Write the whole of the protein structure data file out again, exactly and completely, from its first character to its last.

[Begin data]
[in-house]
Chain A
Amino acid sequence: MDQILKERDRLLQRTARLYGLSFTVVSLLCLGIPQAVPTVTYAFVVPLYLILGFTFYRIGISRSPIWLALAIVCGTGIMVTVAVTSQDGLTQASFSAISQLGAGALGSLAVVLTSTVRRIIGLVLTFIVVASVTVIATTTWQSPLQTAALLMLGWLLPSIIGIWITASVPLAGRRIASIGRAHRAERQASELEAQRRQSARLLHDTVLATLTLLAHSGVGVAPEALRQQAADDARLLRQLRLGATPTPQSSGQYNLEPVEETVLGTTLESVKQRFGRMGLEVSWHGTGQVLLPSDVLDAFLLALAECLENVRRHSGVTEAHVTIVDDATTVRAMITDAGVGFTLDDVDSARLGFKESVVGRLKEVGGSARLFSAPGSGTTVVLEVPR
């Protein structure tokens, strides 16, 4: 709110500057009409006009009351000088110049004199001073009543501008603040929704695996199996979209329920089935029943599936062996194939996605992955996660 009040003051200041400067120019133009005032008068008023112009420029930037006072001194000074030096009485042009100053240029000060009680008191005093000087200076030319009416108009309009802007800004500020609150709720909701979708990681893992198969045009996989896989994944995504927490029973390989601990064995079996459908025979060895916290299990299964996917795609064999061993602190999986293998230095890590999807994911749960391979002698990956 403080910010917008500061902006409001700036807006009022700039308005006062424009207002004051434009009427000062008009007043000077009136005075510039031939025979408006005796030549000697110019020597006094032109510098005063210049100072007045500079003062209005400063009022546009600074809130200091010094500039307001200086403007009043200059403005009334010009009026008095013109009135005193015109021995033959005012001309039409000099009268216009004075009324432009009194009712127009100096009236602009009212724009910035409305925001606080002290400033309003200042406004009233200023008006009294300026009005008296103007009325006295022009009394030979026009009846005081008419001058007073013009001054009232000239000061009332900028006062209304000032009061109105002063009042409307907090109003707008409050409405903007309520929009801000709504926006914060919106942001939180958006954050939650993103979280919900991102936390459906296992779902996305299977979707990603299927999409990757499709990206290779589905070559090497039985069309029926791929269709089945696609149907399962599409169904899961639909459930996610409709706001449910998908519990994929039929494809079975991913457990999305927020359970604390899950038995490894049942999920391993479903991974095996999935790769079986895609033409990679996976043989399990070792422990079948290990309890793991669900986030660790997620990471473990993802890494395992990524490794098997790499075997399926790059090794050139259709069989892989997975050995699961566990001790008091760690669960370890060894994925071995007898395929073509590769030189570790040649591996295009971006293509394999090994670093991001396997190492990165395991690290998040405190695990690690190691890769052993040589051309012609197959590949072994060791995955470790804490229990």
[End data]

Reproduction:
[in-house]
Chain A
Amino acid sequence: MDQILKERDRLLQRTARLYGLSFTVVSLLCLGIPQAVPTVTYAFVVPLYLILGFTFYRIGISRSPIWLALAIVCGTGIMVTVAVTSQDGLTQASFSAISQLGAGALGSLAVVLTSTVRRIIGLVLTFIVVASVTVIATTTWQSPLQTAALLMLGWLLPSIIGIWITASVPLAGRRIASIGRAHRAERQASELEAQRRQSARLLHDTVLATLTLLAHSGVGVAPEALRQQAADDARLLRQLRLGATPTPQSSGQYNLEPVEETVLGTTLESVKQRFGRMGLEVSWHGTGQVLLPSDVLDAFLLALAECLENVRRHSGVTEAHVTIVDDATTVRAMITDAGVGFTLDDVDSARLGFKESVVGRLKEVGGSARLFSAPGSGTTVVLEVPR
């Protein structure tokens, strides 16, 4: 709110500057009409006009009351000088110049004199001073009543501008603040929704695996199996979209329920089935029943599936062996194939996605992955996660 009040003051200041400067120019133009005032008068008023112009420029930037006072001194000074030096009485042009100053240029000060009680008191005093000087200076030319009416108009309009802007800004500020609150709720909701979708990681893992198969045009996989896989994944995504927490029973390989601990064995079996459908025979060895916290299990299964996917795609064999061993602190999986293998230095890590999807994911749960391979002698990956 403080910010917008500061902006409001700036807006009022700039308005006062424009207002004051434009009427000062008009007043000077009136005075510039031939025979408006005796030549000697110019020597006094032109510098005063210049100072007045500079003062209005400063009022546009600074809130200091010094500039307001200086403007009043200059403005009334010009009026008095013109009135005193015109021995033959005012001309039409000099009268216009004075009324432009009194009712127009100096009236602009009212724009910035409305925001606080002290400033309003200042406004009233200023008006009294300026009005008296103007009325006295022009009394030979026009009846005081008419001058007073013009001054009232000239000061009332900028006062209304000032009061109105002063009042409307907090109003707008409050409405903007309520929009801000709504926006914060919106942001939180958006954050939650993103979280919900991102936390459906296992779902996305299977979707990603299927999409990757499709990206290779589905070559090497039985069309029926791929269709089945696609149907399962599409169904899961639909459930996610409709706001449910998908519990994929039929494809079975991913457990999305927020359970604390899950038995490894049942999920391993479903991974095996999935790769079986895609033409990679996976043989399990070792422990079948290990309890793991669900986030660790997620990471473990993802890494395992990524490794098997790499075997399926790059090794050139259709069989892989997975050995699961566990001790008091760690669960370890060894994925071995007898395929073509590769030189570790040649591996295009971006293509394999090994670093991001396997190492990165395991690290998040405190695990690690190691890769052993040589051309012609197959590949072994060791995955470790804490229990």